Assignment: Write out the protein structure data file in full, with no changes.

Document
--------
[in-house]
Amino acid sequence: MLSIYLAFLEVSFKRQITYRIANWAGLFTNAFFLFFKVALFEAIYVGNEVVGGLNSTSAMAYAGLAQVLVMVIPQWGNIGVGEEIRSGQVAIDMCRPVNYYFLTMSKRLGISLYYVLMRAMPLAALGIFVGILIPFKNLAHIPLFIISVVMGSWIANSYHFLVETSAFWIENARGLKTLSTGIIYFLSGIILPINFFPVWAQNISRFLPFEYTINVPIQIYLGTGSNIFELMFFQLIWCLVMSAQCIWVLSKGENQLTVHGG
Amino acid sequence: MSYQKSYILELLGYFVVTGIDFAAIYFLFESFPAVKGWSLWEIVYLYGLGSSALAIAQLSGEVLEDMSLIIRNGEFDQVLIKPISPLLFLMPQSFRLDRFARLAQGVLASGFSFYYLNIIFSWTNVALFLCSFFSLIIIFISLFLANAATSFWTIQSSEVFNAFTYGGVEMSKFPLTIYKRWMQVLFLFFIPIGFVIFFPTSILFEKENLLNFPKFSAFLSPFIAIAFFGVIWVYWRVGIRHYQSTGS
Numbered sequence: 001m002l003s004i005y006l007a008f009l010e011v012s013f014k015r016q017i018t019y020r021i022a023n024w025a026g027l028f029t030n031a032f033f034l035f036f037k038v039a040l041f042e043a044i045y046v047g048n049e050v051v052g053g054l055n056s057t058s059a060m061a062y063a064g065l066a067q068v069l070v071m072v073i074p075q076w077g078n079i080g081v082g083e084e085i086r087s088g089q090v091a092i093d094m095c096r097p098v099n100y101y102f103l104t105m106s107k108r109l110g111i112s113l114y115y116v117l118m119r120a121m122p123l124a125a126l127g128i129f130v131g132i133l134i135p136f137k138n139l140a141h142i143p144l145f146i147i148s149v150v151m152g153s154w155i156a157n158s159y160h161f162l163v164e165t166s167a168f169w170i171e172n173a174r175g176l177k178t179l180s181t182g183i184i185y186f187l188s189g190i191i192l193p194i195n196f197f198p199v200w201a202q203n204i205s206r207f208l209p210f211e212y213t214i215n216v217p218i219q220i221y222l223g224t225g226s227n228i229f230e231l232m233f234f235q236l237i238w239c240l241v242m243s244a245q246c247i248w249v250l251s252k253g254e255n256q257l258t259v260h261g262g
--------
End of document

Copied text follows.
[in-house]
Amino acid sequence: MLSIYLAFLEVSFKRQITYRIANWAGLFTNAFFLFFKVALFEAIYVGNEVVGGLNSTSAMAYAGLAQVLVMVIPQWGNIGVGEEIRSGQVAIDMCRPVNYYFLTMSKRLGISLYYVLMRAMPLAALGIFVGILIPFKNLAHIPLFIISVVMGSWIANSYHFLVETSAFWIENARGLKTLSTGIIYFLSGIILPINFFPVWAQNISRFLPFEYTINVPIQIYLGTGSNIFELMFFQLIWCLVMSAQCIWVLSKGENQLTVHGG
Amino acid sequence: MSYQKSYILELLGYFVVTGIDFAAIYFLFESFPAVKGWSLWEIVYLYGLGSSALAIAQLSGEVLEDMSLIIRNGEFDQVLIKPISPLLFLMPQSFRLDRFARLAQGVLASGFSFYYLNIIFSWTNVALFLCSFFSLIIIFISLFLANAATSFWTIQSSEVFNAFTYGGVEMSKFPLTIYKRWMQVLFLFFIPIGFVIFFPTSILFEKENLLNFPKFSAFLSPFIAIAFFGVIWVYWRVGIRHYQSTGS
Numbered sequence: 001m002l003s004i005y006l007a008f009l010e011v012s013f014k015r016q017i018t019y020r021i022a023n024w025a026g027l028f029t030n031a032f033f034l035f036f037k038v039a040l041f042e043a044i045y046v047g048n049e050v051v052g053g054l055n056s057t058s059a060m061a062y063a064g065l066a067q068v069l070v071m072v073i074p075q076w077g078n079i080g081v082g083e084e085i086r087s088g089q090v091a092i093d094m095c096r097p098v099n100y101y102f103l104t105m106s107k108r109l110g111i112s113l114y115y116v117l118m119r120a121m122p123l124a125a126l127g128i129f130v131g132i133l134i135p136f137k138n139l140a141h142i143p144l145f146i147i148s149v150v151m152g153s154w155i156a157n158s159y160h161f162l163v164e165t166s167a168f169w170i171e172n173a174r175g176l177k178t179l180s181t182g183i184i185y186f187l188s189g190i191i192l193p194i195n196f197f198p199v200w201a202q203n204i205s206r207f208l209p210f211e212y213t214i215n216v217p218i219q220i221y222l223g224t225g226s227n228i229f230e231l232m233f234f235q236l237i238w239c240l241v242m243s244a245q246c247i248w249v250l251s252k253g254e255n256q257l258t259v260h261g262g